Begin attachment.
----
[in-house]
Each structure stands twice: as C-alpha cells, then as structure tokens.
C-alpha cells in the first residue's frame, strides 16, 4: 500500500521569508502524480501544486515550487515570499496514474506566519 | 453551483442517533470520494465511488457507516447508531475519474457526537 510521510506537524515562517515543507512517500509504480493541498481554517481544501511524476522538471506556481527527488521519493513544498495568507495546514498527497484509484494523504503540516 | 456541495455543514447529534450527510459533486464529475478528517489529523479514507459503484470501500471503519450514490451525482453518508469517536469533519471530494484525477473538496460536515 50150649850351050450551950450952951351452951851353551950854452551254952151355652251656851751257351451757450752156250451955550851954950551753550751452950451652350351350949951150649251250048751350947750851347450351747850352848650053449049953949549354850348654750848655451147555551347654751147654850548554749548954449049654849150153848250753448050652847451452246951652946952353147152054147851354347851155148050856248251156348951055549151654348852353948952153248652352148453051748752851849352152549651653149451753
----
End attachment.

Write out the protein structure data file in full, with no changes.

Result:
[in-house]
Each structure stands twice: as C-alpha cells, then as structure tokens.
C-alpha cells in the first residue's frame, strides 16, 4: 500500500521569508502524480501544486515550487515570499496514474506566519 | 453551483442517533470520494465511488457507516447508531475519474457526537 510521510506537524515562517515543507512517500509504480493541498481554517481544501511524476522538471506556481527527488521519493513544498495568507495546514498527497484509484494523504503540516 | 456541495455543514447529534450527510459533486464529475478528517489529523479514507459503484470501500471503519450514490451525482453518508469517536469533519471530494484525477473538496460536515 50150649850351050450551950450952951351452951851353551950854452551254952151355652251656851751257351451757450752156250451955550851954950551753550751452950451652350351350949951150649251250048751350947750851347450351747850352848650053449049953949549354850348654750848655451147555551347654751147654850548554749548954449049654849150153848250753448050652847451452246951652946952353147152054147851354347851155148050856248251156348951055549151654348852353948952153248652352148453051748752851849352152549651653149451753